Thursday, May 06, 2010

Life and Legacy of Dr. Arthur Harold Parker

Industrial High School staffA Dream That Came True!
Local Organizations Celebrate the Life and Legacy of Dr. Arthur Harold Parker

Born to former slaves in Ohio, Arthur Harold Parker always knew that an education was the key to success. After his college plans failed, Parker traveled south to Birmingham where an uncle encouraged him to take the teacher’s exam. In 1887, he became the thirteenth African American teacher in the Birmingham City School System. When Birmingham’s black community petitioned the Board of Education for its own school in 1899, Parker would be tapped as the principal. The request led to the opening of Industrial High School in September 1900. This undertaking was indeed “A Dream Come True!”

During the week of May 3 -7, several local organizations will come together to celebrate the life and legacy of Dr. Arthur Harold Parker. The groups include the Metro Birmingham Branch NAACP, the Smithfield Preservation Committee and the Birmingham Public Library. Events slated for the week include an essay and oratorical competition for students of Wilkerson Middle and A. H. Parker High Schools; a birthday celebration complete with cake at two local libraries; an online exhibition created by the Birmingham Public Library; and a community program organized by the NAACP.

Arthur Harold Parker made significant contributions to education and the Birmingham community. In 1933, Miles College conferred upon Parker an honorary degree—the Doctor of Humane Letters. Upon Parker’s retirement from teaching in 1939, Industrial High School was renamed A. H. Parker High. Over the years, enrollment continued to increase—from 18 students in 1900 to 3,761 in 1946. With this steady increase, the school soon became known as the largest high school for blacks in the world. Today, the “Thundering Herd” is known for its outstanding academics and boasts well known alumni from across the country.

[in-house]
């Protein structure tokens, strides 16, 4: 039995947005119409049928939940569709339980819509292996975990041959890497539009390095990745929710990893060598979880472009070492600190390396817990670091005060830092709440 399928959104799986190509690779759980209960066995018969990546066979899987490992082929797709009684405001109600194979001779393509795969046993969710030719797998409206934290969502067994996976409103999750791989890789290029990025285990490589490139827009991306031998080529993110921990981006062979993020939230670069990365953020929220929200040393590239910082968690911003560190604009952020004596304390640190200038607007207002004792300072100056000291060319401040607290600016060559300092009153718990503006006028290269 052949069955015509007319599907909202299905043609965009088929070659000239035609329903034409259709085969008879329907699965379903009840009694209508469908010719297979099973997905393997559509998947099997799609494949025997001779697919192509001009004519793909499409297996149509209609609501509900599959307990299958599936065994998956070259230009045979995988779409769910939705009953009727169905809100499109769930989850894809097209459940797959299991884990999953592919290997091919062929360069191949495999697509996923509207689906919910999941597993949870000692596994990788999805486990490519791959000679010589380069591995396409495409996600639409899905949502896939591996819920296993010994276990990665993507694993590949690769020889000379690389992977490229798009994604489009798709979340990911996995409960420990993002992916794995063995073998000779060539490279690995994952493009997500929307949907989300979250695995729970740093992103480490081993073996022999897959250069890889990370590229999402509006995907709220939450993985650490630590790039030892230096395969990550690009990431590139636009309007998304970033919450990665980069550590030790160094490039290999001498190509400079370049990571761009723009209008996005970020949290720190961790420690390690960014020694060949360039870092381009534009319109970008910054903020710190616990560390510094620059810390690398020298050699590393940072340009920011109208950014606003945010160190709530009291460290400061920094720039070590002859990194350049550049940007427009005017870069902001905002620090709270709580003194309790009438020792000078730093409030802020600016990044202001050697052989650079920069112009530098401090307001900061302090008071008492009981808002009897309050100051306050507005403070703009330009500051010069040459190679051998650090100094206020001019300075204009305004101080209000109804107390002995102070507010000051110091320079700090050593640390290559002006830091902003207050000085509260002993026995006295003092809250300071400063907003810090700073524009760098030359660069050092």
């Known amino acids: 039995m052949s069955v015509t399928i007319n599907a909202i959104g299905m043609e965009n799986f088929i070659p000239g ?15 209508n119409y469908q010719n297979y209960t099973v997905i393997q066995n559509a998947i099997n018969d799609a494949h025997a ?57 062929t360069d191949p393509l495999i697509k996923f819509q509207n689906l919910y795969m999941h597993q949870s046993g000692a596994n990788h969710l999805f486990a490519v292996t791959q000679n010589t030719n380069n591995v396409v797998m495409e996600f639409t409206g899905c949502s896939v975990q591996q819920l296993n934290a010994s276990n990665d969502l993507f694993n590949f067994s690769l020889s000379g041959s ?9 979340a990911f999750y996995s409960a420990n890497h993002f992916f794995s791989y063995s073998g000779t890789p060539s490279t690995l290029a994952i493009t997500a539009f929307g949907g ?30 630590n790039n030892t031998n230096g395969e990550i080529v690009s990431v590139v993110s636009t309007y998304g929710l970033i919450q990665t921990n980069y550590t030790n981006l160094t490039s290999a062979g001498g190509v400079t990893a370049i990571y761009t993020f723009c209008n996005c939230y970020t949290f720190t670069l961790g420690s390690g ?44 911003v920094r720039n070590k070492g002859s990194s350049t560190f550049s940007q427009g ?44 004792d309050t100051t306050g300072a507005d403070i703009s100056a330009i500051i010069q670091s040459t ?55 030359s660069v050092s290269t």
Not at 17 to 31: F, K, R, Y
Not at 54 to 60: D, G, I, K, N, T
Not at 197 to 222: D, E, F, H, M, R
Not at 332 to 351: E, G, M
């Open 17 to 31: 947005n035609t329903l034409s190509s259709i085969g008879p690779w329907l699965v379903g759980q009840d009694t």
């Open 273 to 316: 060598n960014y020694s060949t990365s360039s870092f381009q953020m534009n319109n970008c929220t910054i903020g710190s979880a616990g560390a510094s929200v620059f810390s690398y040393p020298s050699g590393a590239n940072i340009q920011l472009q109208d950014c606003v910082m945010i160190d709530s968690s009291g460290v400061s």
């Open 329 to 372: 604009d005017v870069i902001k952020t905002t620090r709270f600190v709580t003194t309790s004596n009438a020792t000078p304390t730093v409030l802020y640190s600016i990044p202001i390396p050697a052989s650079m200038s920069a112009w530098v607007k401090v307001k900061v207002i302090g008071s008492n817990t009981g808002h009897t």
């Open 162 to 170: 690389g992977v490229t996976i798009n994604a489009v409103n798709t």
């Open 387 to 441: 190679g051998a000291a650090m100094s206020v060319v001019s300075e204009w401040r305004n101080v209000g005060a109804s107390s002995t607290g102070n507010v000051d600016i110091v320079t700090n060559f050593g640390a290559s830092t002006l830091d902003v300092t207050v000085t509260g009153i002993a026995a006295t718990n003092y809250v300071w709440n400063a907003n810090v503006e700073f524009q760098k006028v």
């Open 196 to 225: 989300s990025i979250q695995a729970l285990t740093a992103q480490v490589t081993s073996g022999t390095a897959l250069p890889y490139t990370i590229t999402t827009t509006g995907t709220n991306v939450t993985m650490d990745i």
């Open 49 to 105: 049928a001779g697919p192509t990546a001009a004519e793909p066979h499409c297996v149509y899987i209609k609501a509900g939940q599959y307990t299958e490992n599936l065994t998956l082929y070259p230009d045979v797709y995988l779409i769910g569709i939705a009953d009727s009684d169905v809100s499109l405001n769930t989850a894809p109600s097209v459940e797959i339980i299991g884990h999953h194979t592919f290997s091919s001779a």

Dr. A. H. Parker Birthday Celebration Activities

May 3-May 7, 2010
Essay and Oratorical Competition
Competition for students at Malachi Wilkerson Middle and A. H. Parker High Schools.
Based on Dr. Parker’s Book, A Dream Come True
Contact the Metro Birmingham Branch NAACP for information at (205) 714-5860.

May 7, 2010
Birthday Cake and Celebration at the Birmingham Public Library (Central Location)
Join us for birthday cake, good folks and good fun!
12:00 p.m. – 1:00 p.m.
2100 Park Place (Atrium)

May 7, 2010
Birthday Cake and Celebration at the Smithfield Branch of the Birmingham Public Library
Join us for birthday cake, good folks and good fun!
3:00 p.m. – 5:00 p.m.
#1 Eighth Avenue West

May 7, 2010
Birmingham Community Salute to Dr. A. H. Parker
Birmingham Public Library
Central Library—Arrington Auditorium
6:00 p.m. – 7:30 p.m.
2100 Park Place
Contact the Metro Birmingham Branch NAACP for information at (205) 714-5860.

1 comment:

Ondrej from Good Books to Read said...

I just love the stories of Afro-Americans overcoming their unjust conditions and fulfilling their dreams.